As described above, a series of application programming interfaces (API) are used for passing sounds or tones from one component of the sound card to another, described above. That is, once the test is initiated at step 510, a playback API call is initiated to cause a sound to be generated from the frequency synthesizer. A recording API call is made for causing the played sound to be recorded after having passed through the loopback mechanism 230 to the record line. According to an embodiment of the present invention, a set of standard Windows 32 APIs are used for calling the playback tone and for calling the recording tone. Exemplary Wave In APIs used for causing a tone or sound to be passed through an input include:
An exemplary set of Wave Out APIs used for causing a sound or tone to pass through an output line or channel at different frequency settings, volume settings, and the like include:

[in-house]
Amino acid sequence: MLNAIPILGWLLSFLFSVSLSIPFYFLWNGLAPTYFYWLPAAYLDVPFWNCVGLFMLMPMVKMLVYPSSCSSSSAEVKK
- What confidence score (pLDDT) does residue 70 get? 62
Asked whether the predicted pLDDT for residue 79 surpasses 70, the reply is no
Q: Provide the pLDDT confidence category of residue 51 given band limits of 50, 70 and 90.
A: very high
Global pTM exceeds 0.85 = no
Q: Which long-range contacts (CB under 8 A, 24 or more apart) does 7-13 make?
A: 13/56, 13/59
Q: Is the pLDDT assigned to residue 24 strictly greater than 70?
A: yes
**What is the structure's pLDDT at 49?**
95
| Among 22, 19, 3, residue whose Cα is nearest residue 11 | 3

Additionally, standard media control interface API's that are Windows operating system application interfaces that enable a software program to control multimedia devices such as the components of the sound cards 300 and 400 include (input and output API's):
MCI APIs Used:
MIDI APIs Used:
Additional API's for causing data to be passed through the audio components, as described above include memory mapped input output (MMIO) API's including:
MMIO APIs Used:
As known to those skilled in the art, the foregoing API's are asynchronous calls so that a playback call causing a tone to be passed through an input line and a recording call causing a tone to be passed through a recording line may be made simultaneously.